In 2009 the Centre for Cardiovascular Diseases cluster was founded at UZ Brussel, grouping the Cardiology, Cardiac Surgery, Heart Rhythm Management Centre and Vascular Surgery Departments. The aim is to optimise clinical care for patients suffering from cardiovascular diseases.
The CHVZ research group is a young group without a "research tradition" at the Vrije Universiteit Brussels. For this reason and to optimise the return on investment for VUB the group chose to conclude some collaboration agreements with two other research groups.
For cardiac imaging (led by Prof. G. Van Camp), cooperation is organised with BEFY (Medical Imaging & Physical Sciences) and more specifically with the ICMI (In vivo Cellular and Molecular Imaging Lab).
The goals were to elucidate the mechanisms of "drug induced valvulopathy" and to define the determining factors for the evolution from aortic valve sclerosis to aortic valve stenosis. A new goal is the imaging of the vulnerable plaque using nanobodies and fluorescence techniques in an animal model, with the option of implementing it in the clinic.
For ion channel disorders (led by Prof. P. Brugada) the emphasis was initially placed on the clinical presentation and treatment of these diseases.
Atrial fibrillation is a frequently occurring supra-ventricular arrhythmia disorder which is often diagnosed in patients with a Brugada Syndrome. That is why this heart rhythm disorder, together with ventricular tachycardia and the risk of sudden death, is studied in more detail in this research line.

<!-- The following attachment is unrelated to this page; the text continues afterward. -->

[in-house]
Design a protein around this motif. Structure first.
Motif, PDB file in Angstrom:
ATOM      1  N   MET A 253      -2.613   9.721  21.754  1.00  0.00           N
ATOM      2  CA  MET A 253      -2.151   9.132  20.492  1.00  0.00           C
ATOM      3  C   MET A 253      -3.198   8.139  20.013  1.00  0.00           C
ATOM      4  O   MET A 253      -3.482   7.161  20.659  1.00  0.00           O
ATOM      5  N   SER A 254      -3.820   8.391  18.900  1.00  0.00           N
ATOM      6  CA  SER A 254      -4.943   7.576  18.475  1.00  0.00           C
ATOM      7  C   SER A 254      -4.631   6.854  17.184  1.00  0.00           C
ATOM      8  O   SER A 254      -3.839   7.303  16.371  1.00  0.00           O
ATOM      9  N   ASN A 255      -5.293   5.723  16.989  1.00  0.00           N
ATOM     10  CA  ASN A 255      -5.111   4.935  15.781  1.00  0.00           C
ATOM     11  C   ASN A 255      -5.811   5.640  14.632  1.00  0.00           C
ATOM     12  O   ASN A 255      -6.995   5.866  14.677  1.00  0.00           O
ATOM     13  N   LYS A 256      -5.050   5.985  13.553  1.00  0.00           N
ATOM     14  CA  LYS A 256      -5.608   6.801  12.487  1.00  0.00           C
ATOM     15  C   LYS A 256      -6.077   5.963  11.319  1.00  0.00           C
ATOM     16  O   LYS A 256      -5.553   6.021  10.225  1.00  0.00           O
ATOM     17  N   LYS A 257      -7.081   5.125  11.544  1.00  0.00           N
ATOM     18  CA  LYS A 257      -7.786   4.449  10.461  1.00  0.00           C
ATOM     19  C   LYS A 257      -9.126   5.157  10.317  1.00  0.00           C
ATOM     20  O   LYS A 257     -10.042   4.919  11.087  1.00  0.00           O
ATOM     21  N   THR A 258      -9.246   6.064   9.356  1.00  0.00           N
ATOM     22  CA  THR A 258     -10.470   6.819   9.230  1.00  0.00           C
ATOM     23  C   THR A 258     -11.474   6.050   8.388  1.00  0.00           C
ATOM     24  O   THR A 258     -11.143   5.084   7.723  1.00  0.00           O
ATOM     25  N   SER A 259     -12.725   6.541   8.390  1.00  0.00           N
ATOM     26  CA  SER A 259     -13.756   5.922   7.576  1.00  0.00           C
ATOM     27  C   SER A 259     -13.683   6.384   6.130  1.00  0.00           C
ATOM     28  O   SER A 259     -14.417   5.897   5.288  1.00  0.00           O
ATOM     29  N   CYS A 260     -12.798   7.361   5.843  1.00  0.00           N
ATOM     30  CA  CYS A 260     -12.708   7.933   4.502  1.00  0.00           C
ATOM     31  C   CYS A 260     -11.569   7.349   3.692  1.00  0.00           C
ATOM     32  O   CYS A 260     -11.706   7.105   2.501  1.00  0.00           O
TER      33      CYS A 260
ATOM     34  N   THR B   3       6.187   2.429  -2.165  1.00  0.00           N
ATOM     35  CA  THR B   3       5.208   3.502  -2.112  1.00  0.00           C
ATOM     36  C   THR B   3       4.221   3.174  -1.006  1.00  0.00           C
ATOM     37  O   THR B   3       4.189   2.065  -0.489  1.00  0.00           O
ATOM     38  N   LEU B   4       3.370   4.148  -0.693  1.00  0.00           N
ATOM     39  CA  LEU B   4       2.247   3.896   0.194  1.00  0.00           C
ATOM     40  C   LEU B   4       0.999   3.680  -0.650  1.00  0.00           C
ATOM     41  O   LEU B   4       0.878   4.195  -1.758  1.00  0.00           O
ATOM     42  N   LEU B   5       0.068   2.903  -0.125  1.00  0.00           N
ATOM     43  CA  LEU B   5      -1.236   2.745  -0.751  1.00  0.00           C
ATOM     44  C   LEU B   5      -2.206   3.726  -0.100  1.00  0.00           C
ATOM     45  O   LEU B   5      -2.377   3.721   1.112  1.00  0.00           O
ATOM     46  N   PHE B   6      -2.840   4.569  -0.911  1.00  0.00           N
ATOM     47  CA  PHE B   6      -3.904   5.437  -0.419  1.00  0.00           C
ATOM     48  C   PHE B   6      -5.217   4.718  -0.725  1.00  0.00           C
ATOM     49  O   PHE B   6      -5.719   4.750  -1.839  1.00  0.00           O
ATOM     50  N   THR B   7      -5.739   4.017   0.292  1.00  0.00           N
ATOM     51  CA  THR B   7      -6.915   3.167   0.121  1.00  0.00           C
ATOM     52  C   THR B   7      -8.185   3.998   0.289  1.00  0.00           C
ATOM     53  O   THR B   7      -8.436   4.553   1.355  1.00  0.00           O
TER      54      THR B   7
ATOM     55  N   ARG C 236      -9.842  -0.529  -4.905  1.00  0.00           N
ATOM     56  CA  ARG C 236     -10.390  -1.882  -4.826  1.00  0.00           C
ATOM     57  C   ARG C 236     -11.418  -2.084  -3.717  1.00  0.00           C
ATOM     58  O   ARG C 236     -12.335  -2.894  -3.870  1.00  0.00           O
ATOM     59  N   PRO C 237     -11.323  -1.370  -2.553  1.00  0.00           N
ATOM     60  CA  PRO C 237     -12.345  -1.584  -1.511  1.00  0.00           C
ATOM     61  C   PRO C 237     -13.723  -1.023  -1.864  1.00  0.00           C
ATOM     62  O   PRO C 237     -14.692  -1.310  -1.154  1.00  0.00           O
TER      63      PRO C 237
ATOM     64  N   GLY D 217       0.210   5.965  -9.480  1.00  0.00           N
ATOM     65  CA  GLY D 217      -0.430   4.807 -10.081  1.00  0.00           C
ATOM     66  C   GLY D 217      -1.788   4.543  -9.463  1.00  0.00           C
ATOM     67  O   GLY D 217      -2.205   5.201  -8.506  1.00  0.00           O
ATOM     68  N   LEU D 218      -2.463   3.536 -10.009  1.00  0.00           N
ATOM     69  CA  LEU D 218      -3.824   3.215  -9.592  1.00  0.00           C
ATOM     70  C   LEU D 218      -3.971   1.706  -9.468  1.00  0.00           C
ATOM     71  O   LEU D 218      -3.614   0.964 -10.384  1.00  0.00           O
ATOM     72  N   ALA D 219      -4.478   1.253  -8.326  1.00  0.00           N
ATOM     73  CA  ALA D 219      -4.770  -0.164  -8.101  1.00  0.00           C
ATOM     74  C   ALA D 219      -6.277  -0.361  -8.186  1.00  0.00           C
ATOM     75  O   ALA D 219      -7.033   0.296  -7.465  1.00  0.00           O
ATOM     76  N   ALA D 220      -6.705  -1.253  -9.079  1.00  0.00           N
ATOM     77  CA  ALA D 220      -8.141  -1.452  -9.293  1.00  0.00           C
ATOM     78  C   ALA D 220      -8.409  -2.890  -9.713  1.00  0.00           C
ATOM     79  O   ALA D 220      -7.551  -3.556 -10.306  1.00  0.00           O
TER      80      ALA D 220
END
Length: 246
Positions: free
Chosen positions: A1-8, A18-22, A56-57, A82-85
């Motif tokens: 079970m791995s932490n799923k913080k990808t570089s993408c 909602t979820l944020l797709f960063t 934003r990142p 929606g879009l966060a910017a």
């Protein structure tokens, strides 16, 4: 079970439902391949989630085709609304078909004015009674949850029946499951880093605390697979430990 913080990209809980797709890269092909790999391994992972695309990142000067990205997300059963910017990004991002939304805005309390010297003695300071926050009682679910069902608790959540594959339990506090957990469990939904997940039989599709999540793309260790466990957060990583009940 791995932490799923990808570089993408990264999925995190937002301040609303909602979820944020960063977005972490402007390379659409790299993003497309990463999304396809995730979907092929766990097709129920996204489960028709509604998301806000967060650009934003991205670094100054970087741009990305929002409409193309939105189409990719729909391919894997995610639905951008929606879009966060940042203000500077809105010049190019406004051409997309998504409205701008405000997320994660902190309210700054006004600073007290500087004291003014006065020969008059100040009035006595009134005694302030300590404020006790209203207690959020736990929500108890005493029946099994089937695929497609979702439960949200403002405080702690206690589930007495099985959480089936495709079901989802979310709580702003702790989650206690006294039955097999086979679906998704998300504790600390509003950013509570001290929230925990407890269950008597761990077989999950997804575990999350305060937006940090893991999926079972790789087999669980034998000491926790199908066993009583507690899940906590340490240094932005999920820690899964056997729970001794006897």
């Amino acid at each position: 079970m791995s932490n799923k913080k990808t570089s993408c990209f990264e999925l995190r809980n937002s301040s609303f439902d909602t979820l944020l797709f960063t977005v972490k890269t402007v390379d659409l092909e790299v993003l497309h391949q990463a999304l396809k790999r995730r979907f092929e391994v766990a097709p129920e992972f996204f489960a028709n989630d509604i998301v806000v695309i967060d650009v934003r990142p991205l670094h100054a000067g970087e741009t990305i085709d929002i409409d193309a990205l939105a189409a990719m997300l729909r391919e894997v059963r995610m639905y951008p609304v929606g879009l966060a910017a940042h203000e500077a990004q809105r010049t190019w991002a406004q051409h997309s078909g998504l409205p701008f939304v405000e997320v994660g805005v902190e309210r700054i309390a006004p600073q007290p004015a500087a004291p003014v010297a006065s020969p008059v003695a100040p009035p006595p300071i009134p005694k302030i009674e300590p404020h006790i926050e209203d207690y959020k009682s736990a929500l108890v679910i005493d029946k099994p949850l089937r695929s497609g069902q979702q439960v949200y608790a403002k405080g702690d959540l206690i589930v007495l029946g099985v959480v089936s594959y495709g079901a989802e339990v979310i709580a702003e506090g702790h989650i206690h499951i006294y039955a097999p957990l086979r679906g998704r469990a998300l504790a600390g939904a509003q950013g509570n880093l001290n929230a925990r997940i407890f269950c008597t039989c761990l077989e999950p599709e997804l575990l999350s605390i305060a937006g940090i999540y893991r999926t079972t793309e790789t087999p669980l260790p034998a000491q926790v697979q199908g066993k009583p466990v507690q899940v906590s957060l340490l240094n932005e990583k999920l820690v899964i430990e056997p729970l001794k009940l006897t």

The emphasis is currently being placed more on genetic defects, which may cause these diseases, more specifically the Brugada Syndrome and the potential link with ion channel disorders in neurological disorders.
Using cardiac imaging the group will also examine whether morphological differences contribute to the incidence of the Brugada Syndrome, what is their link with the electrophysiological problem and their role in clinical manifestations.
The integration of clinical pharmacology (Prof. A. Dupont) within the CCVD research group is designed to optimise the medicine policy in the hospital through research within the CCVD. The results of this research can be used in other departments of the hospital.
In terms of medical information (Dr R. Van de Velde) the CCVD research group wishes to take the lead in optimising the integration of IT in the electronic patient dossier.
One of the first projects will consist of incorporating the clinical "heart failure" path in the EMD.